I find the contrast between the "roaring Twenties Paris/France" and the seriousness of "protestant Switzerland" very interesting as reflected in Honegger's life and work .

It would be good to have (new) versions of "Cris du monde" , Judith (as opera), Antigone and the ballet "Le cantique des cantiques" written in 1936-37 for Serge Lifar. ( soloists, chorus & orchestra).

(http://www.barbaraleibowitsgraphics.com/sergelifar.jpg)

Serge Lifar
Title: Re: Arthur Honegger (1892-1955)
Post by: Drasko on April 07, 2008, 10:52:30 AM

The oratorio "Cris du monde" can be found on a Praga CD ( OOP,I suppose)( Serge Baudo with Czech forces). It is a pessimistic work that reflects both the uncertain times of its composition ( 1929!) and Honegger's own existential fears. The performance is only OK - sung in Czech, and clearly showing its age.

There should be another recording of Cris du monde, under Georges Tzipine on EMI Les Rarissimes de Honegger, but I believe it shows even more age.

Unfortunately oratorios (Honegger or otherwise) aren't the genre that works for me much. But that opera Antigona sounds positively mouthwatering. Any info on availability?
Title: Re: Arthur Honegger (1892-1955)
Post by: Kullervo on April 07, 2008, 11:39:51 AM
But that opera Antigona sounds positively mouthwatering. Any info on availability?

Seconded, I'd love to hear it.

Has anyone heard his operetta, Les Aventures du Roi Pausole? I just noticed it is available on Amazon.
Title: Re: Arthur Honegger (1892-1955)
Post by: The new erato on April 07, 2008, 11:45:24 AM
Another composer mostly neglected by what used to be the majors (but are now more or less the minors), except for a few of the symphonies....

Need to buy some of those Timpanis.
Title: Re: Arthur Honegger (1892-1955)
Post by: not edward on April 07, 2008, 11:47:38 AM
There should be another recording of Cris du monde, under Georges Tzipine on EMI Les Rarissimes de Honegger, but I believe it shows even more age.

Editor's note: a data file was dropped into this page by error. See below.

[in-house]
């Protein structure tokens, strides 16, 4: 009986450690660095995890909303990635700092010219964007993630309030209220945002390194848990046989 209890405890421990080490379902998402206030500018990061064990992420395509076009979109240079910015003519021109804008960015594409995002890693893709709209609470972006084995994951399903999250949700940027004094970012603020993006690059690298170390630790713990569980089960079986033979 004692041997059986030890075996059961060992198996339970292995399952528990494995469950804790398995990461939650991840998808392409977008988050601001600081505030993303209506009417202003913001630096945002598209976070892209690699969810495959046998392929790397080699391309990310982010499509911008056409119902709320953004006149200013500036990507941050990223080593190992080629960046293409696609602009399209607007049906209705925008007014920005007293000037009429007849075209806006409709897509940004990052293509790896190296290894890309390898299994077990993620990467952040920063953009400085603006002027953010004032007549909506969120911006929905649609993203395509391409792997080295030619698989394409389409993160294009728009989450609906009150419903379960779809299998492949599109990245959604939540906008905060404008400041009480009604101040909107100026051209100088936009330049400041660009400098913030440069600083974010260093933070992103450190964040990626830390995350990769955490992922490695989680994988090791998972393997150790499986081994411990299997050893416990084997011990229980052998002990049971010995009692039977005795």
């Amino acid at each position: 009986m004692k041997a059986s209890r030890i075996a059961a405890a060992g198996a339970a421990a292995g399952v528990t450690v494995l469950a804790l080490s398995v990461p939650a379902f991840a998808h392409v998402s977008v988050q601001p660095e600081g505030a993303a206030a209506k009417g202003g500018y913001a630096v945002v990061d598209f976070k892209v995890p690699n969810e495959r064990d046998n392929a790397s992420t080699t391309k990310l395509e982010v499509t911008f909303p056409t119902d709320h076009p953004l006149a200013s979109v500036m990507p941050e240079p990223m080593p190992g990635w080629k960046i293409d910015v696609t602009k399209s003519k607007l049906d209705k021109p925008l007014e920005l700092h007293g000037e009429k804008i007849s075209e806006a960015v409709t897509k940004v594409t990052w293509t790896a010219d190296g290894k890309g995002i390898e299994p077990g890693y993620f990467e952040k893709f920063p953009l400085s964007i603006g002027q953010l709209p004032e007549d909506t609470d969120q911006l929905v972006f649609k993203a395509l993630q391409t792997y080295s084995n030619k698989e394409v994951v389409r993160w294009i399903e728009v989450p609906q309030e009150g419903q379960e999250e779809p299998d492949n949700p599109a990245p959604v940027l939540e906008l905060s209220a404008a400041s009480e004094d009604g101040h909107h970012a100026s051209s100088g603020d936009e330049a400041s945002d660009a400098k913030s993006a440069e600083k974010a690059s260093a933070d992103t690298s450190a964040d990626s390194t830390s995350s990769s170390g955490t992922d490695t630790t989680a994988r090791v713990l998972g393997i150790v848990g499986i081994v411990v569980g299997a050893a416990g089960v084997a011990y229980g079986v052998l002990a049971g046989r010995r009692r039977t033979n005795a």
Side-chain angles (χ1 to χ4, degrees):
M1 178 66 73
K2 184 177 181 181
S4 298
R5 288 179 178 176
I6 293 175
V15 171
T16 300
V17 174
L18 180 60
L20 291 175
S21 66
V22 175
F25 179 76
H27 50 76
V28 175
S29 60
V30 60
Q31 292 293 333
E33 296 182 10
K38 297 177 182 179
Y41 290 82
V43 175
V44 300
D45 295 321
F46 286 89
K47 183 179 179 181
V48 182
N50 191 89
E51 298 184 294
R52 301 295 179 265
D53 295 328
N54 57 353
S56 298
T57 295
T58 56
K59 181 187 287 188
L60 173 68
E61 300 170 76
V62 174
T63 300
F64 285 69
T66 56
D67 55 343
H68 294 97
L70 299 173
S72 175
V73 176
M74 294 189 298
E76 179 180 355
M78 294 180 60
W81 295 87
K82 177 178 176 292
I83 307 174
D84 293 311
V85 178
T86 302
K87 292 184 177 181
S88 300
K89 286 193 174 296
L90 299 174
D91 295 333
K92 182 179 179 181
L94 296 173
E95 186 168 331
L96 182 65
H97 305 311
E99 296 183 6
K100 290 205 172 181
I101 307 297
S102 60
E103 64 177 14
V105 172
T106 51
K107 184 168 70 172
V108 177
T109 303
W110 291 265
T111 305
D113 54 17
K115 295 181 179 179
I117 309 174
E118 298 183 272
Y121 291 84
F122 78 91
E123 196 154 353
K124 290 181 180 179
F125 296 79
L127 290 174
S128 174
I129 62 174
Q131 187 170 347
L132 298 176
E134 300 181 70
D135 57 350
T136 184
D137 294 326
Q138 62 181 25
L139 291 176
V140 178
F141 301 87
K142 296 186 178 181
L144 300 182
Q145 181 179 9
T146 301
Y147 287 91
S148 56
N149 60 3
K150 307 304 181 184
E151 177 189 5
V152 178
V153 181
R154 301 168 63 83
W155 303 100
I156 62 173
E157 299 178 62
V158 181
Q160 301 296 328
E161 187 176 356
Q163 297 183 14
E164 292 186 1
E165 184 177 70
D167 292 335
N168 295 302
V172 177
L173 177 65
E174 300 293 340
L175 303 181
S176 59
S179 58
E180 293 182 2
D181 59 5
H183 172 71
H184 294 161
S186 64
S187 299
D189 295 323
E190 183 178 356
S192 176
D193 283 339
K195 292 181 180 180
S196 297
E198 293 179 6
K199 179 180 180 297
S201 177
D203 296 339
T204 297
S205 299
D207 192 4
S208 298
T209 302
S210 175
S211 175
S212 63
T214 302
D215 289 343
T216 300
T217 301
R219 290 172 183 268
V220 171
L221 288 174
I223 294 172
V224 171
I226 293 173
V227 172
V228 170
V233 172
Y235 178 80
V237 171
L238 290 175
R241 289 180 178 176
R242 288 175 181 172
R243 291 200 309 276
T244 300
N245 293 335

Yes, it's in somewhat murky mono, and it's not a work I've ever come to love. But at least it's reasonably available (plus it comes with the incredibly rare Nicolas de Flue and the glorious Cantate de Noel).
Title: Re: Arthur Honegger (1892-1955)
Post by: pjme on April 07, 2008, 01:34:17 PM
There should be another recording of Cris du monde, under Georges Tzipine on EMI Les Rarissimes de Honegger, but I believe it shows even more age.

Unfortunately oratorios (Honegger or otherwise) aren't the genre that works for me much. But that opera Antigona sounds positively mouthwatering. Any info on availability?

Hi Drasko, do check "La chaumière à musique" in Paris. It's a 2nd hand shop- plenty of Honegger recordings ( but not Antigone...for the moment)
http://www.chaumiereonline.com

Peter
Title: Re: Arthur Honegger (1892-1955)
Post by: Drasko on April 07, 2008, 02:09:17 PM
Hi Drasko, do check "La chaumière à musique" in Paris. It's a 2nd hand shop- plenty of Honegger recordings ( but not Antigone...for the moment)
http://www.chaumiereonline.com

Peter

Thanks, I'll check them from time to time, hopefully a copy will surface. Though french shipping rates tend to be pretty annoying.
Title: Re: Arthur Honegger (1892-1955)
Post by: Dundonnell on April 07, 2008, 03:09:32 PM
Can I put in a word for some of Honegger's rarer shorter orchestral pieces.

I am thinking of the early powerful Symphonic Poem "Le chant de Nigomon", the Prelude, Fugue and Postlude and the late Monopartita-which dates from around the same time as the 5th symphony. All three of these pieces used to be available on an Erato double CD with the Orchestre Philharmonique de Monte Carlo(Marius Constant) coupled with Dutoit's version of 'Le Roi David'. 'Horace Victorieux' is a wild and noisy piece but worth hearing too.

There is also the delightful Prelude, Arioso and Fughette on the name of Bach for strings(Chandos-Vasary) and the Suite Archaique(First Edition Records-Robert Whitney) and the Concerto da camera for flute, english horn and strings.

As has been noted Honegger did write a very great deal of ballet music and incidental music for films, little of which is heard today.

I have 'La danses des morts" in a version on the Calliope label with the Orchestre de Picardie(Edmon Colomer) coupled with Milhaud's "L'homme et son desir"
Title: Re: Arthur Honegger (1892-1955)
Post by: vandermolen on April 07, 2008, 03:45:09 PM
There were three interesting Marco Polo CDS of Honegger's film scores.  Les Miserables and L'Idee stood out as fine scores.  Worth seeking out.
Title: Re: Arthur Honegger (1892-1955)
Post by: Earthlight on April 07, 2008, 04:32:51 PM
(Pacific 231, on a disc with Varese's Ameriques and Milhaud's L'homme et son desir)

Yeah, on Vanguard, right? Was that Abravanel and the Utah Symphony? Varèse got a bit of cult play at school because Frank Zappa gave him a shout-out in some liner notes. I guess that not many people who bought that record because of Zappa paid much attention to Milhaud or Honegger, but I always liked those two works more.
Title: Re: Arthur Honegger (1892-1955)
Post by: Kullervo on April 07, 2008, 04:57:36 PM